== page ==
Athletes work and train throughout their career to perform at the highest level. The same for their equipment and material. Like sailing, all sports have experienced an enormous development: Usain Bolt would not run the 100-metre dash in 9:58 second on the same shoes as Jesse Owens did in 1936!
Like Bolt’s shoes, Olympic Sailing material development has also been impressive. The boats, hundred years ago, then state of the art, were made of wood or steel with cotton sails and without joystick, spinnaker or trapeze. The designs of then are now considered slow and heavy. In a world of Olympic plastic and skiffs some predecessors might look dated. However, many former Olympic classes are still active as international classes sailed at high level by sailors, from all around the world.
For example, the 12’ Dinghy, active at the Olympics in 1920 and 1924, is still today active in regattas in twelve different countries on three different continents. More recent, the in 1910 designed Star, the primary Olympic keelboat from 1932 through 2012, may have lost its Olympic status but not its Olympic reputation! Still this keelboat is raced by the some of the best sailors worldwide.
The Olympic history has produced many of these beautiful designs stills fit for sailing at high level all around the globe. Besides the two classes mentioned earlier the Europe, 2.4 Metre (active at the Paralympics), Olympiajol, 12m2 Sharpie, Flying Dutchman, Yngling, Soling, Dragon, 5,5 Metre, 6 Metre, are all internationally active and racing at high level. Some the boats have kept their original standard (more or less), others have kept pace with ongoing technical development with materials and techniques used.
Apart from their shared Olympic heritage, they have more in common. The boats are sailed by a large group of fanatic regatta sailors from numerous countries all over the world. Most classes have developed and improved and are still modern racing machines. With modern materials and equipment and sailed by the best, sometimes professional sailors.
Specially developed for these classes the first Vintage Yachting Games was organized in 2008 in Medemblik, the Netherlands. A multi-class sailing event for former Olympic and Paralympic classes. After it successful start, this event is, like the Olympic Games, repeated every four years. In 2012 it took place on Lake Como, Italy. With almost 200 boats and 400 sailors from 4 continents and 27 countries is was highly successful.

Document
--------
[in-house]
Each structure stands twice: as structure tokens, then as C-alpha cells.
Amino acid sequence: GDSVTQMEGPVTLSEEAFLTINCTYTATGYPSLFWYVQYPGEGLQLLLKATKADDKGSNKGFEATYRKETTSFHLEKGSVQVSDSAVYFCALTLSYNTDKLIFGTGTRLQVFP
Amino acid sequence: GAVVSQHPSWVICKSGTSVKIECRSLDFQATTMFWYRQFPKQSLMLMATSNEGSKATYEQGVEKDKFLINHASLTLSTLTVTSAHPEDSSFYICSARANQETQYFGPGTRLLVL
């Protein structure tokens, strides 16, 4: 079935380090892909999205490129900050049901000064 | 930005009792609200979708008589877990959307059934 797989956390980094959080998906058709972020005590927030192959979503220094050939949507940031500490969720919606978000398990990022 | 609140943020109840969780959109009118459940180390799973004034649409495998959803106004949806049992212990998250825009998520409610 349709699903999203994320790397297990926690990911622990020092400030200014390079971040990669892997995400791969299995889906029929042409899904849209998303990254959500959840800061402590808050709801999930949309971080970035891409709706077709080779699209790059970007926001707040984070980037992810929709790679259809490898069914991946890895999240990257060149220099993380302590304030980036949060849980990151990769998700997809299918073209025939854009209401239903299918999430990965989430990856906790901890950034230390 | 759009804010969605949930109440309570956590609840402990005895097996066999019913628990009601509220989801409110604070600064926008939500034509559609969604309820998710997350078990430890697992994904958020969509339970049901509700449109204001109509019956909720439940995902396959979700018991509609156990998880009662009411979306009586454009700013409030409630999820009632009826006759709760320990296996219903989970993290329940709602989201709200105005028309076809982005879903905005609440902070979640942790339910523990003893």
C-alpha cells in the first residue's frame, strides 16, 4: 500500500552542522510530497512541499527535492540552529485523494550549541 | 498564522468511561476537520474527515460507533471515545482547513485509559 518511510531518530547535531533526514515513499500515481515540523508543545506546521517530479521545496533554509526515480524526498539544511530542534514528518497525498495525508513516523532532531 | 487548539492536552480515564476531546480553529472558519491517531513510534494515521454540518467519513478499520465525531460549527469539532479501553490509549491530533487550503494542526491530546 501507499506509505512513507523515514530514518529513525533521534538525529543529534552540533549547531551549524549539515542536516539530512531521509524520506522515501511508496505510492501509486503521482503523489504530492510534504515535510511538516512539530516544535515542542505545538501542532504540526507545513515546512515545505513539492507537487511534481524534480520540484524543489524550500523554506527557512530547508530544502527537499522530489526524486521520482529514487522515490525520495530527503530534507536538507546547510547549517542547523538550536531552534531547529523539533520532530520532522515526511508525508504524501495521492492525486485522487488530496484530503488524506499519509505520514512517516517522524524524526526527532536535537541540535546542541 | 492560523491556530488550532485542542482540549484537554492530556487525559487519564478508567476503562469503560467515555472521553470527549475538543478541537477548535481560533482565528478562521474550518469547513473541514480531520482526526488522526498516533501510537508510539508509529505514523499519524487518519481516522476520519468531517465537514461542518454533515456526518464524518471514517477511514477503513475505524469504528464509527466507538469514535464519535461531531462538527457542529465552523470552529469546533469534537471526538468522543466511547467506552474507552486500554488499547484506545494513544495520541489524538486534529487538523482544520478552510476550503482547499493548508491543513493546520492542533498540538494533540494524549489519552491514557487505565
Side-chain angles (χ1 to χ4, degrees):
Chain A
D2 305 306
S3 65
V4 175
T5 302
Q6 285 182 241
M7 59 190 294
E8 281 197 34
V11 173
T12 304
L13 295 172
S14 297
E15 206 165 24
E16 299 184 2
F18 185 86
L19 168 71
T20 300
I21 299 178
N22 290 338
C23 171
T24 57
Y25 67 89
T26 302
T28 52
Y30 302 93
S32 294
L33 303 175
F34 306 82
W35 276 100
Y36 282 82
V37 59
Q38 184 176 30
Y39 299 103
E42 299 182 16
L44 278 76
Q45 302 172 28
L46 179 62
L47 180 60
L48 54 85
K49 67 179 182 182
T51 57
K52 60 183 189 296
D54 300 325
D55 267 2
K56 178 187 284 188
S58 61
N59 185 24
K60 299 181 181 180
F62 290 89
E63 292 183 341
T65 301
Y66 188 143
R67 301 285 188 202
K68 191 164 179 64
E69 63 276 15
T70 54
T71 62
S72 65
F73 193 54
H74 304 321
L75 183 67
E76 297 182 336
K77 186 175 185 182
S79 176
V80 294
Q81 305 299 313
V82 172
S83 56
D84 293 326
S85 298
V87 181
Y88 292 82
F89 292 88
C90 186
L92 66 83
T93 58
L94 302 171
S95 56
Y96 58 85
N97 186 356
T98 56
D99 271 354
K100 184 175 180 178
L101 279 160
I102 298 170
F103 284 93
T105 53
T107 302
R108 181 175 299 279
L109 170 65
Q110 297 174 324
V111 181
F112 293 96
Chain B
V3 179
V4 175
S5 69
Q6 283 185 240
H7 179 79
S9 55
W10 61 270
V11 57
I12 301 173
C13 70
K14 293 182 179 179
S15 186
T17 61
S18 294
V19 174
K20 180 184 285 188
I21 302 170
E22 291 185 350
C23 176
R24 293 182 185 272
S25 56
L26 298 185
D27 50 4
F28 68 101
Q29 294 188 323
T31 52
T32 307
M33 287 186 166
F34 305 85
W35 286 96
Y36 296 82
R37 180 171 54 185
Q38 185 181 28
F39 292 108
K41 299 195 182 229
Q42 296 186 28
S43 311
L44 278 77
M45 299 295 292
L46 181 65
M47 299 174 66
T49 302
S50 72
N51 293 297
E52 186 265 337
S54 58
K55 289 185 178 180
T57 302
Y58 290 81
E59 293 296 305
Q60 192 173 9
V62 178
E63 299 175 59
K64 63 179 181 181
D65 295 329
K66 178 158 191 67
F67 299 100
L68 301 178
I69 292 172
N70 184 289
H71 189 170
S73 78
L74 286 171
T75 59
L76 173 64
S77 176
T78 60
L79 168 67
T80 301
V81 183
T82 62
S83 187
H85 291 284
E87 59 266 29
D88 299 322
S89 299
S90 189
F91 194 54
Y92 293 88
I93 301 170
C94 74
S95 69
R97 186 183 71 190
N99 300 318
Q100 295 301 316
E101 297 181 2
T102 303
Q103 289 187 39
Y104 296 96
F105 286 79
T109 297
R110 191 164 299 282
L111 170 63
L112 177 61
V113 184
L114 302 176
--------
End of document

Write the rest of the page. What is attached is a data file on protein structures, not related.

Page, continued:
The 2016 edition at Weymouth, the 2012 Olympic sailing arena, unfortunately had to be cancelled at the latest moment. Therefore, this led to a new Olympic schedule, the Vintage Yachting Games will now be raced coinciding with the Winter Olympics. The 2018 the Games will bring the fleet of the former Olympic and Paralympic Classes to Copenhagen, Denmark. The hosts, a cooperation between the Royal Danish Yacht Club and the Hellerup Sailing Club will organize the regatta and the social activities including a grand opening and Gala dinner. These sailing clubs who themselves are the cradle of many Olympic sailors are medal winners among them Paul Elvstrøm!
Recently the organization published the Notice of Race and opened the registration via Manage2sail.com. The Vintage will take place between September 16 and 22 (first day of racing Sept. 18th). The host Clubs and racing water will guaranty high-level racing and hospitality.ll take place up to 25 registered boats per class. See the NOR for details on restrictions of materials used. In case too many register, the final starting list will consider representing countries and ranking. Several former Olympic sailors and current champions have indicated their interest to compete at this unique event at this perfect location. But also, for the less high aiming sailors counts: you cannot get closer to an Olympic aspiration!
See you all in Copenhagen
Rudy den Outer
Daily management Vintage Yachting Games Organization